Linda Maye Adams

The Front Lines of Exploration


This week, I’ve been working on my notes for a workshop on military culture for my writing group, Cat Vacuuming Society, and one of the questions I was asked was “What writers have gotten it right?”  Robert Heinlein, for his book Starship Troopers.  He enlisted in the military, though he later had health problems.  But he took what he knew and applied to to what he didn’t know — space exploration.  It was published in 1959, 10 years away from a milestone: Apollo 11 going to the moon, and the first man, Neil Armstrong, to walk on the moon.

Neil Armstrong died on August 25.  Space exploration, as Heinlein and other science fiction writers predicted, a military operation.  Commander Neil Armstrong was a Navy pilot, and he served in the Korean War. Up until the space shuttle program, NASA largely pulled astronauts  from the military.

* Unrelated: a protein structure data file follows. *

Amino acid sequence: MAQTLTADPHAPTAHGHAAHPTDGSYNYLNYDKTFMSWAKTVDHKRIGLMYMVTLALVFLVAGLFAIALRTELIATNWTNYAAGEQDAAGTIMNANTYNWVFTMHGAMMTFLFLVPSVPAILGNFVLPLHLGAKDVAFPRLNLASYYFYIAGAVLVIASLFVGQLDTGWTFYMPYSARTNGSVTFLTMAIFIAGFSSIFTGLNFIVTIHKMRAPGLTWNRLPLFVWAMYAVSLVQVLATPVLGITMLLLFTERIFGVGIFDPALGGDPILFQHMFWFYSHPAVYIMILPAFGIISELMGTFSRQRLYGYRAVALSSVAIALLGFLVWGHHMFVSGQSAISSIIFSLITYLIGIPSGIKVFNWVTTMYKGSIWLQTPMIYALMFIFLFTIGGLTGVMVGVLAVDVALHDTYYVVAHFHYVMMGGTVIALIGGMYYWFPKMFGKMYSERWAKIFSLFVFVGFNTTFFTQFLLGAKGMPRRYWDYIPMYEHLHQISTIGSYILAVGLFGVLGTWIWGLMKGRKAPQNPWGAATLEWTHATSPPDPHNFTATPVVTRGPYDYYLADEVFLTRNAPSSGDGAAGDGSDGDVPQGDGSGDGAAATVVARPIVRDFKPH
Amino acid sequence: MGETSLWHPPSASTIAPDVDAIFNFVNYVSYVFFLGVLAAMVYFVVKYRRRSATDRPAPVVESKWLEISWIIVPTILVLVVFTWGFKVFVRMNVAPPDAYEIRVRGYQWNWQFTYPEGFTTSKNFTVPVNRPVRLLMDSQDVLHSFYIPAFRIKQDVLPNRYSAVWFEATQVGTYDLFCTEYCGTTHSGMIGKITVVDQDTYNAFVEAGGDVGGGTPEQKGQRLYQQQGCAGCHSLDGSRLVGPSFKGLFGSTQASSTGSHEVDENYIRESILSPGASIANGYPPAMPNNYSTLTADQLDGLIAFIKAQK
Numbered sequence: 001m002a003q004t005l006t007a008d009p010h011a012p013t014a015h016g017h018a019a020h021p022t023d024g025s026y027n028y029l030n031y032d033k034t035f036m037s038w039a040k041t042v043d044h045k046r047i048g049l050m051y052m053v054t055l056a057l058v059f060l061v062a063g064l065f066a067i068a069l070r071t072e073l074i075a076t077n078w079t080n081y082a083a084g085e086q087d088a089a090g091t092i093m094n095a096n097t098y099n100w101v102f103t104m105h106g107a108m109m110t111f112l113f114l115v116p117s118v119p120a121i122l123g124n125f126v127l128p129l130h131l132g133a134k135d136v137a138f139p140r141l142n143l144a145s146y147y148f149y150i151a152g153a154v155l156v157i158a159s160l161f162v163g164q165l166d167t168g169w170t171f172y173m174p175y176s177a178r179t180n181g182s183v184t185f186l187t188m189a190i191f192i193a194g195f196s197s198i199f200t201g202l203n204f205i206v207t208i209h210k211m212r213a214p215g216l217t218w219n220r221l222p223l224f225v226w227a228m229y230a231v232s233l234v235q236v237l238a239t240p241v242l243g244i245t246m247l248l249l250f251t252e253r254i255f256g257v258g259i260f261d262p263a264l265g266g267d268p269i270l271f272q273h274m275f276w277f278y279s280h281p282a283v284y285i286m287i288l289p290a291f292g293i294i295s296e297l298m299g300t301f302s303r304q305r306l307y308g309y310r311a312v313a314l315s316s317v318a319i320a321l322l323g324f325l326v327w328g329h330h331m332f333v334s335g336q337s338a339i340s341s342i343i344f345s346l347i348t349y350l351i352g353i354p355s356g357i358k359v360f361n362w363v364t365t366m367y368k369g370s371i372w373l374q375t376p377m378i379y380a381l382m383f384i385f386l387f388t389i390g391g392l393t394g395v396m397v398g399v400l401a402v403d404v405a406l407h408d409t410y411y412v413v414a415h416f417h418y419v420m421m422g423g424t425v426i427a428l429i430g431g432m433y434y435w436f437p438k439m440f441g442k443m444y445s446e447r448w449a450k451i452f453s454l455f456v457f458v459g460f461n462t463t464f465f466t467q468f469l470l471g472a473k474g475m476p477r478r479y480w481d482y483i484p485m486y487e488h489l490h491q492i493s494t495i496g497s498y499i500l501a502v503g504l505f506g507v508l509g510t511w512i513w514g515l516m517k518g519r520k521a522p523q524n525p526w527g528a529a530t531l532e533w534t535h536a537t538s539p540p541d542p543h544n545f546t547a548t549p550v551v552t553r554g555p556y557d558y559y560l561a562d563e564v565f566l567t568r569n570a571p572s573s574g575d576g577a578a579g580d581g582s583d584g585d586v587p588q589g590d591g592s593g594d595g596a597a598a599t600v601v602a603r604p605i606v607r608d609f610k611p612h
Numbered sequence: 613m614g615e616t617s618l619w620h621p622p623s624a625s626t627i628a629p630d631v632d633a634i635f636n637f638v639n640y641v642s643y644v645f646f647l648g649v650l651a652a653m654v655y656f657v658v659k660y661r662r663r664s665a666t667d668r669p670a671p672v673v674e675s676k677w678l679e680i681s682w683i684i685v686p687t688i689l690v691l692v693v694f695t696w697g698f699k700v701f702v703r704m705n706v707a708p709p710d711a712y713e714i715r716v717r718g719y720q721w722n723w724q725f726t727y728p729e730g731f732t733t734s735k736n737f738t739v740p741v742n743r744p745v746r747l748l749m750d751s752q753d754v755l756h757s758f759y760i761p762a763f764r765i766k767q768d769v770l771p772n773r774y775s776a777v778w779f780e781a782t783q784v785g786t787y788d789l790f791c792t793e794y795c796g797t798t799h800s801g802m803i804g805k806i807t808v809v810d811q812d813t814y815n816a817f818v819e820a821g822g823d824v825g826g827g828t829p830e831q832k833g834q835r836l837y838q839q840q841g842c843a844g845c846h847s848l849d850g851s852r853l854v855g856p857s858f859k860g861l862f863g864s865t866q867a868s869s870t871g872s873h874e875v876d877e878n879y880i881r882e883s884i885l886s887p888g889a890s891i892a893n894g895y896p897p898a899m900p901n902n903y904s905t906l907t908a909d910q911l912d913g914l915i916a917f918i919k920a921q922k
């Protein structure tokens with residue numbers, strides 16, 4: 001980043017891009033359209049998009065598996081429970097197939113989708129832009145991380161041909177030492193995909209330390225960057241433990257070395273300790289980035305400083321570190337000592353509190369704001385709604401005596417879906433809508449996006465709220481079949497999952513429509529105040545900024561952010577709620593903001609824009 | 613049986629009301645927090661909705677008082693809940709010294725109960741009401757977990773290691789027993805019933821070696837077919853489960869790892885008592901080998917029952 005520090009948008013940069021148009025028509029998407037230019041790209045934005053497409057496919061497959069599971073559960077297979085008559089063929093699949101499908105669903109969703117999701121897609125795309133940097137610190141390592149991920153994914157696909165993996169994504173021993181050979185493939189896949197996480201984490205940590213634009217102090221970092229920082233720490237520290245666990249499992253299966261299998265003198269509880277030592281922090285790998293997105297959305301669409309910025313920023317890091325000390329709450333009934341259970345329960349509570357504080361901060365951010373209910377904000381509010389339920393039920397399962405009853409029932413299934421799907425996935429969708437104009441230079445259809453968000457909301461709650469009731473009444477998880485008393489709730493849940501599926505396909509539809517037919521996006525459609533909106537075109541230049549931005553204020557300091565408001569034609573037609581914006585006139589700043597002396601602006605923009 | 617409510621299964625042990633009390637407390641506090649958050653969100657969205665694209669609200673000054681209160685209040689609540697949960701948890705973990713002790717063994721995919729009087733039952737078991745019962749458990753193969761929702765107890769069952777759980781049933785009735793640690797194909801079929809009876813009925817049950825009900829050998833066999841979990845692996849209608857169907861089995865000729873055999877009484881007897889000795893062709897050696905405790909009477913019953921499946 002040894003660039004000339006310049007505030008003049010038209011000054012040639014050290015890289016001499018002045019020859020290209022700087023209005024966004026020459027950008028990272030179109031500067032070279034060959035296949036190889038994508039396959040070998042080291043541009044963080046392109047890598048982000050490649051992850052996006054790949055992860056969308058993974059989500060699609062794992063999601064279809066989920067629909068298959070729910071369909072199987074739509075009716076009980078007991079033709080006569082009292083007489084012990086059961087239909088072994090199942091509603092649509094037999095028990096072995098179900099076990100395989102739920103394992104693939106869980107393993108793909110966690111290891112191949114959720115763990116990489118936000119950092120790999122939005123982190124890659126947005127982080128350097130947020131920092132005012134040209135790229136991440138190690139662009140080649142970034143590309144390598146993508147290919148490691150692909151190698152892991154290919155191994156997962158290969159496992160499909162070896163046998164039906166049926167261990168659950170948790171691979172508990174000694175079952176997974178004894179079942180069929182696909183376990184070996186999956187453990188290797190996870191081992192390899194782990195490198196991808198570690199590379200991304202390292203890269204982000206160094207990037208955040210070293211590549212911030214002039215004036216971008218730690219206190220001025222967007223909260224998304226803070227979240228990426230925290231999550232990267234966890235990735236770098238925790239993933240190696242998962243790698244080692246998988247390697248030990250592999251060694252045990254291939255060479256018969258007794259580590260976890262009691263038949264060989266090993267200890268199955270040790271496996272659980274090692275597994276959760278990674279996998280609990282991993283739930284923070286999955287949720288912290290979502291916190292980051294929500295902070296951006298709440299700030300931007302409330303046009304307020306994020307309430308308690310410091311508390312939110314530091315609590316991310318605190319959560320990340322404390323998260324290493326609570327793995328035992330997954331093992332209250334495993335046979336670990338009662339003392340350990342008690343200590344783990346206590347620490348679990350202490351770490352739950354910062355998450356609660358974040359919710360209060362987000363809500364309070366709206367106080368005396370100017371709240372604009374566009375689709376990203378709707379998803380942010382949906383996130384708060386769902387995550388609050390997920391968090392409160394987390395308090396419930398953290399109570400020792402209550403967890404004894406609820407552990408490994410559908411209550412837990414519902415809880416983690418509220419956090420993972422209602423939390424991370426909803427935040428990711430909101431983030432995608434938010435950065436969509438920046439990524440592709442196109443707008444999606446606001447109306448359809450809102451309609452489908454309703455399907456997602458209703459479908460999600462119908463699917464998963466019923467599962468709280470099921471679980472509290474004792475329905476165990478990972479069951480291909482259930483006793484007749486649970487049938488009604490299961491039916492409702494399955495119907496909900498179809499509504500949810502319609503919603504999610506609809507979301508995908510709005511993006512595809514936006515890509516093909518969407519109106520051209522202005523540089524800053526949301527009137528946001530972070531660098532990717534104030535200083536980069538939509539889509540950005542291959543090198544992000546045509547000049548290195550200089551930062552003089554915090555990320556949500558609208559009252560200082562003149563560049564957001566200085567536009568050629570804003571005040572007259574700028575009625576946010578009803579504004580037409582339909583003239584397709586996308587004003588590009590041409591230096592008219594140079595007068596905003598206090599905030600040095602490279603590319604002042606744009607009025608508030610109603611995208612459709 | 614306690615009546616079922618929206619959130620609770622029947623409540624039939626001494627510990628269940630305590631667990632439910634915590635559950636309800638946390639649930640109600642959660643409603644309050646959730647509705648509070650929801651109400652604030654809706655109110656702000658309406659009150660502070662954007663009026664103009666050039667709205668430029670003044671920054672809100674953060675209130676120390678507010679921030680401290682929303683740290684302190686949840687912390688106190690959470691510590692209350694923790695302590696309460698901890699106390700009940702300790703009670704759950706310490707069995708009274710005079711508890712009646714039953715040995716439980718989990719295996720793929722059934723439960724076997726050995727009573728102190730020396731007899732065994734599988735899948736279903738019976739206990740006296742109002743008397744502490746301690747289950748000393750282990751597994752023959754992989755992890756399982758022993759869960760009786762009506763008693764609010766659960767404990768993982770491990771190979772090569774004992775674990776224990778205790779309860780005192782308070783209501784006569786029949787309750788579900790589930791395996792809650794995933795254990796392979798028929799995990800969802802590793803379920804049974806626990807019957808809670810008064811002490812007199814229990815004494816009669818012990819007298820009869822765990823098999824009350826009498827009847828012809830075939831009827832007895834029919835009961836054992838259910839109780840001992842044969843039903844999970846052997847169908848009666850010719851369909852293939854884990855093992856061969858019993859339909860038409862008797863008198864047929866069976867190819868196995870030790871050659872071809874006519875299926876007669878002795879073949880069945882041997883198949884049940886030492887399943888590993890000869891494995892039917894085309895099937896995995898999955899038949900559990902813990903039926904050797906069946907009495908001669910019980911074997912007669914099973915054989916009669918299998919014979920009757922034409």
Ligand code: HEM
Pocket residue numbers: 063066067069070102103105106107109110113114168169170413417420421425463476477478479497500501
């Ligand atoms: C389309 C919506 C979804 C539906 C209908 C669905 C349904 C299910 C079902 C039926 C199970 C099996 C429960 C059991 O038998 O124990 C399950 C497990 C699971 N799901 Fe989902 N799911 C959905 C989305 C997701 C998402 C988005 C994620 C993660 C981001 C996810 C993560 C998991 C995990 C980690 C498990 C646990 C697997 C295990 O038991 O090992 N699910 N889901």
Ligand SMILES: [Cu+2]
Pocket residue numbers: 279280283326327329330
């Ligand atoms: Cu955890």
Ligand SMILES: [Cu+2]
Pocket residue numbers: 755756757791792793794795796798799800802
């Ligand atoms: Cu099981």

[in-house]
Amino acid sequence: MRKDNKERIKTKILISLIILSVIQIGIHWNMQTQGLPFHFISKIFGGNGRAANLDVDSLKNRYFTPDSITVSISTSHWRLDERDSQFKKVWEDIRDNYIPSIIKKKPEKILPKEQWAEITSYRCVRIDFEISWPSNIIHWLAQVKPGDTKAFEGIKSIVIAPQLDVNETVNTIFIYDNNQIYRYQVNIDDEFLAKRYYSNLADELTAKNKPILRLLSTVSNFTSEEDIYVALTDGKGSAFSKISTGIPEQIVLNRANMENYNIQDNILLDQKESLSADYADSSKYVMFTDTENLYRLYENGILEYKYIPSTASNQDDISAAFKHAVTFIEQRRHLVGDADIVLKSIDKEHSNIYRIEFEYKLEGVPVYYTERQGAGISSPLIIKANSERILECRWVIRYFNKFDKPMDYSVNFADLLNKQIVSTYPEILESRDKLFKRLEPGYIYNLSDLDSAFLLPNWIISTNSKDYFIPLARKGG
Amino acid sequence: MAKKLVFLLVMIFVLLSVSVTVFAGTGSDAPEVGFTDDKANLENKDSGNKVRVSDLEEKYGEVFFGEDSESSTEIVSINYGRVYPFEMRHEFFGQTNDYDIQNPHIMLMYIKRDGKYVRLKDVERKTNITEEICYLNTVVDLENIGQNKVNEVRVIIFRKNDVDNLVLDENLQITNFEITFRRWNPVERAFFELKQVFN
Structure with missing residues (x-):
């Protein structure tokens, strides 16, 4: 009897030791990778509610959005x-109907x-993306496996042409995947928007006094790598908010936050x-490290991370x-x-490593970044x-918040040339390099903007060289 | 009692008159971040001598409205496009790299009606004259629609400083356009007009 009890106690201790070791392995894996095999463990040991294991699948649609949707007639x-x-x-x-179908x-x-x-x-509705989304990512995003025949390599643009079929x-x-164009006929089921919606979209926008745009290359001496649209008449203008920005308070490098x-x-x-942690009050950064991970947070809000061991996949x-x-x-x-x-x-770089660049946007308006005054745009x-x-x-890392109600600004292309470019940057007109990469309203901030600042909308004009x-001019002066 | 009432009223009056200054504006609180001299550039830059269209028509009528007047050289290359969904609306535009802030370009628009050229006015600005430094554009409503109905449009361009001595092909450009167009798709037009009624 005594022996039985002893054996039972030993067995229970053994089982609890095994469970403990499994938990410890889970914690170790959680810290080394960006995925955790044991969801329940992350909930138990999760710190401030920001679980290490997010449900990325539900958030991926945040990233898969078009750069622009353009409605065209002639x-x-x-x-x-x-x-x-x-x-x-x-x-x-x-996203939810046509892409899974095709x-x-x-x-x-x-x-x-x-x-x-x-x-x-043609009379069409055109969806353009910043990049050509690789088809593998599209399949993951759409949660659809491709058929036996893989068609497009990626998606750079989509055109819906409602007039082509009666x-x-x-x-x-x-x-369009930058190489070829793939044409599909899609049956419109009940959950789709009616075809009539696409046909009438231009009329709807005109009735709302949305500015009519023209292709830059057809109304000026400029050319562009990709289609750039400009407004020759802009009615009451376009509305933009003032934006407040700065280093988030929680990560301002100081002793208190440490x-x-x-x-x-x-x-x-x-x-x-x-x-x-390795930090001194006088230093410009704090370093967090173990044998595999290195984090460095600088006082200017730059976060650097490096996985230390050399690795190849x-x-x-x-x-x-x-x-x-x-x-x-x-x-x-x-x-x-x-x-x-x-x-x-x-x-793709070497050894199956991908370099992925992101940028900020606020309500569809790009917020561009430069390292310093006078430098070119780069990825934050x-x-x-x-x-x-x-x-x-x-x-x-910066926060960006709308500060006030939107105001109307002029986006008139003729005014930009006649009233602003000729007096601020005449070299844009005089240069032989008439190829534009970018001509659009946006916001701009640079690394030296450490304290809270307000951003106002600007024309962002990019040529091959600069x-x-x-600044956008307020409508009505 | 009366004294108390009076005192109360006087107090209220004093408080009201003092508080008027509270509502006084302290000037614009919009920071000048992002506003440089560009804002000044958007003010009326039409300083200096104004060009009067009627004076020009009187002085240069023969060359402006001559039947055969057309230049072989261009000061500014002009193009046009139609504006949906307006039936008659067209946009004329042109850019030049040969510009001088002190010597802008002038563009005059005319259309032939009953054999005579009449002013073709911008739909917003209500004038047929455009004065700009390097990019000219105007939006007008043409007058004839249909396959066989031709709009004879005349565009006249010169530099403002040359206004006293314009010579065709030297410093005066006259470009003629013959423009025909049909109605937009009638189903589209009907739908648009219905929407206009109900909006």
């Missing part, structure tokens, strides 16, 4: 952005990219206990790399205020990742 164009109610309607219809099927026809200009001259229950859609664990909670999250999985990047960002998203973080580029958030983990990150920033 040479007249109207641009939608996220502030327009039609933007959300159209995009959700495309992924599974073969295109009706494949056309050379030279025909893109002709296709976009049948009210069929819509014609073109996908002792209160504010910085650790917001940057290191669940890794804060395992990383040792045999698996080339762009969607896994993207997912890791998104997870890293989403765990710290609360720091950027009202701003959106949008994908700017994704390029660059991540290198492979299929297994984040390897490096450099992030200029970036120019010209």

Neil Armstrong in space suit prepares to board Apollo 11

Image Credit: NASA

I’ve only seen Neil Armstrong walk on the moon in TV clips and the video below.

When ‘mission control’ is mentioned, I think of men in white dress shirts and horn-rimmed glasses seated in rows and rows of consoles.  Now we have technology like this air traffic controller from the USS Makin Island:

Blue illumination of night lights of air traffic control manned by a female sailor on an aircraft carrier.

U.S. Navy photo by Chief Mass Communication Specialist John Lill

It’s hard to believe the leaps we’ve made in our technology, especially in the last 20 years.  What do you think is coming for us in the future?

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